IFAs are scanning the markets to see how equities will perform over the next six months.
The FTSE 100 index continues to trundle along,with no significant moves, making it difficult for advisers to judge how to balance client portfolios. So what is the view on equities as we head towards autumn?
Bates Investment Services head of investment strategy James Dalby says that alth-ough the FTSE 100 seems to be struggling to make headway, he believes the finances of some of companies within the index are looking distinctly healthy.
He says: “One of the most important aspects of holding shares in the UK market is the twice-yearly dividend. The boards of companies know this and are always under pressure to increase or at least maintain dividend levels.”
Dalby says it is essential for finance directors to make sure that what is paid out as a dividend is affordable and dividend cover is used to assess this.
In March last year, share dividend cover from UK companies was around 1.5 times earnings but company finances have since recovered, allowing dividend cover to be built up, the average for all the companies in the FTSE 100 index now standing at 1.91 times earnings.
Dalby says this is good news for investment funds such as unit trusts and Oeics which are classed as equity income funds. These funds typically aim to deliver both a rising income and capital growth over the long term.
Dalby rates Invesco Perpetual manager Neil Woodford as one of the most competent players in this sector. He says: “In a recent update on his fund, his two most disliked sectors were banks and oil and gas. These two sectors combined make up nearly one-third of the index which this fund is judged against but Woodford does not hold a single bank or oil and gas share.”
He says this means that as far as Woodford is concerned, some of the UK's big-gest companies such as BP and HSBC are not currently worth investing in.
Dalby says he tells his cli-ents that one of the main benefits of having some exposure to equity income funds is that they provide the potential to beat inflation. In today's low inflationary environment, people tend to think that inflation is not a problem but even if inflation remains constant at 2.5 per cent a year, it reduces the purchasing power of money by around 12 per cent over five years, 24 per cent over 10 years, 32 per cent over 15 years and 40 per cent over 20 years.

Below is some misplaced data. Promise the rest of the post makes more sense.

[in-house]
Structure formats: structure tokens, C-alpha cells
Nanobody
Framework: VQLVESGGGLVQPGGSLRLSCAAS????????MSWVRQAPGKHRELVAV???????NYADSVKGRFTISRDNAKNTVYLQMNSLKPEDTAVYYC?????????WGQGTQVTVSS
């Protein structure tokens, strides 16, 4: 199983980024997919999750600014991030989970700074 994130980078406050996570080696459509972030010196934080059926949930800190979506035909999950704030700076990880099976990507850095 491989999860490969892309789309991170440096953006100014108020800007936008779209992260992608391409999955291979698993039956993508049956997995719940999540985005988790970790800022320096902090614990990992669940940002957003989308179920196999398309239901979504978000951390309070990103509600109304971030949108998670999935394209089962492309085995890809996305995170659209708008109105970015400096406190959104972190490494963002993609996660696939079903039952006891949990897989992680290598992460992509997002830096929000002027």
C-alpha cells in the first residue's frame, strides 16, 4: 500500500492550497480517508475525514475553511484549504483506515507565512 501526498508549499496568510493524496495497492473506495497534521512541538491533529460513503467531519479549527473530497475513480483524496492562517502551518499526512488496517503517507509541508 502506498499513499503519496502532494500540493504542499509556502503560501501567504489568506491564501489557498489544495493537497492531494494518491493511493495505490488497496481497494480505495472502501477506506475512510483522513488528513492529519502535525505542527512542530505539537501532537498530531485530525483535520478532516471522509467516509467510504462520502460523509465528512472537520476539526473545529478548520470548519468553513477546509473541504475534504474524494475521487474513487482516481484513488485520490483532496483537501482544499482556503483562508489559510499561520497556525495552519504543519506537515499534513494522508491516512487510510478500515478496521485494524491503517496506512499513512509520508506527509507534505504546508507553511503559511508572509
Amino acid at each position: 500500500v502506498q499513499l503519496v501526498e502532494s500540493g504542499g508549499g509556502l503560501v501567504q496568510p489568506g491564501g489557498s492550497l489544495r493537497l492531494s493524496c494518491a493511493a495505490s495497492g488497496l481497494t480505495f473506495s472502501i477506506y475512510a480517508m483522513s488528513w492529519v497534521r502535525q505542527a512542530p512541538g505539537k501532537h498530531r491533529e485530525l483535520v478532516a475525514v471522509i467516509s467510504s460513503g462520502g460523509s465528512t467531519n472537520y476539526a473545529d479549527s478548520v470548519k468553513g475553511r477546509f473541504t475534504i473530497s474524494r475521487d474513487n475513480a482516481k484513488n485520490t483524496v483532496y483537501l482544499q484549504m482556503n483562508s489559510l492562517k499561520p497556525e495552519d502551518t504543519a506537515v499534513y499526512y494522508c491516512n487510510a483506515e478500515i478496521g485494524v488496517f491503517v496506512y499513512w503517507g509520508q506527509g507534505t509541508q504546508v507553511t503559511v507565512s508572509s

Dalby subscribes to the view that for long-term investors, exposure to a wide range of different investments, including shares, fixed-interest bonds, property and cash deposits, is sensible. But when deciding which equities to go for, he says income funds should not be overlooked.
Chelsea Financial Services managing director Darius McDermott says: “Our view is that you always need to build a balanced portfolio, including income, growth and other areas. It is certainly a nervous time at the moment and if any clients are defensive, we would advise them to look at more value-type equity funds.”
McDermott says he can see no clear direction for markets at the moment but is looking carefully at the impact of the US elections, oil prices and UK and worldwide interest rates.
He believes inflation will inevitably rise in response to any changes in the energy markets. He says: “Although we do not actively manage our clients' portfolios, when markets are tricky, we have to monitor them more closely. I think we may well have a period of vol-atility and more problems in Iraq could see oil prices soar.”
McDermott agrees with Dalby that some fund managers are opting for a defensive position, with Invesco in particular taking a very bearish stance.
IFA Willis Owen head of communications Kerry Nelson says that while consumer confidence started to build at the start of the year, it has petered out as interest rates have risen and Chancellor Gordon Brown looks to tigh-ten purse strings.
Nelson says: “My starting block would be UK funds. We are looking at those that are going to do well in all sorts of market conditions rather than those that perform well under certain conditions such as trackers or small companies.
“People are holding back from making any decisions at all at the moment. The econ-omy is going through another set of changes and it is more about the general economy and the impact this has on day to day living.”
Willis Owen is looking at different ways to help its investors review their portfolio in the next few months. She says one of the only benefits of dwindling markets has been that it has encouraged investors to review their Peps and Isas.
Nelson says that whether clients are advice-led or making their own decisions, now is a good time for advisers to build relationships with their clients and work on rebuilding their confidence in the investment market. With no clear market favourite emerging, opting for UK equities at least rules out currency fluctuations.